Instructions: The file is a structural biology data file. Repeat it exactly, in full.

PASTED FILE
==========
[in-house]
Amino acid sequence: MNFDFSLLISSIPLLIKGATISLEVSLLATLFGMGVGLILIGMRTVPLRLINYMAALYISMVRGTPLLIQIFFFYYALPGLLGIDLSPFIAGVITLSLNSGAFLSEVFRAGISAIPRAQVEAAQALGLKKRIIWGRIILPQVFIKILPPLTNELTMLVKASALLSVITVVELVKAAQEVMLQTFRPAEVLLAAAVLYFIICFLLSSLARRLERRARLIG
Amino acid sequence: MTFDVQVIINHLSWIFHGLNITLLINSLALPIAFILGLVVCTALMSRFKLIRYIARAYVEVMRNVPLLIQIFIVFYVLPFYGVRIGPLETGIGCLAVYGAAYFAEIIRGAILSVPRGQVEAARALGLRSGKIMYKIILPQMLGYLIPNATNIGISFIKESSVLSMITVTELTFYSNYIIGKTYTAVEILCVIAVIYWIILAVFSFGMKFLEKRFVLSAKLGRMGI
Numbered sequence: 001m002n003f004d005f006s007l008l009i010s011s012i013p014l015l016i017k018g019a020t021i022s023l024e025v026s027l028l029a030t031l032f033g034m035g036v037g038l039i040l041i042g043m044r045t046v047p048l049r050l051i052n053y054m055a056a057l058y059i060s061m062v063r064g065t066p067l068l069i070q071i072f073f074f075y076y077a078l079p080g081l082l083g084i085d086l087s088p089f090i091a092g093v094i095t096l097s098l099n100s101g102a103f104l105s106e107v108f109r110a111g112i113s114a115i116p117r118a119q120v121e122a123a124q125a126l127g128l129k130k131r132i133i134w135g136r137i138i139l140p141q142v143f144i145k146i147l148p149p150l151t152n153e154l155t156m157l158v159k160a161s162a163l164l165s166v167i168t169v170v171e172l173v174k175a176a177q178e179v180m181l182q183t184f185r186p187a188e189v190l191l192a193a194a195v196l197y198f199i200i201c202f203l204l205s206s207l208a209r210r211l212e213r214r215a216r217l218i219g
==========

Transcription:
[in-house]
Amino acid sequence: MNFDFSLLISSIPLLIKGATISLEVSLLATLFGMGVGLILIGMRTVPLRLINYMAALYISMVRGTPLLIQIFFFYYALPGLLGIDLSPFIAGVITLSLNSGAFLSEVFRAGISAIPRAQVEAAQALGLKKRIIWGRIILPQVFIKILPPLTNELTMLVKASALLSVITVVELVKAAQEVMLQTFRPAEVLLAAAVLYFIICFLLSSLARRLERRARLIG
Amino acid sequence: MTFDVQVIINHLSWIFHGLNITLLINSLALPIAFILGLVVCTALMSRFKLIRYIARAYVEVMRNVPLLIQIFIVFYVLPFYGVRIGPLETGIGCLAVYGAAYFAEIIRGAILSVPRGQVEAARALGLRSGKIMYKIILPQMLGYLIPNATNIGISFIKESSVLSMITVTELTFYSNYIIGKTYTAVEILCVIAVIYWIILAVFSFGMKFLEKRFVLSAKLGRMGI
Numbered sequence: 001m002n003f004d005f006s007l008l009i010s011s012i013p014l015l016i017k018g019a020t021i022s023l024e025v026s027l028l029a030t031l032f033g034m035g036v037g038l039i040l041i042g043m044r045t046v047p048l049r050l051i052n053y054m055a056a057l058y059i060s061m062v063r064g065t066p067l068l069i070q071i072f073f074f075y076y077a078l079p080g081l082l083g084i085d086l087s088p089f090i091a092g093v094i095t096l097s098l099n100s101g102a103f104l105s106e107v108f109r110a111g112i113s114a115i116p117r118a119q120v121e122a123a124q125a126l127g128l129k130k131r132i133i134w135g136r137i138i139l140p141q142v143f144i145k146i147l148p149p150l151t152n153e154l155t156m157l158v159k160a161s162a163l164l165s166v167i168t169v170v171e172l173v174k175a176a177q178e179v180m181l182q183t184f185r186p187a188e189v190l191l192a193a194a195v196l197y198f199i200i201c202f203l204l205s206s207l208a209r210r211l212e213r214r215a216r217l218i219g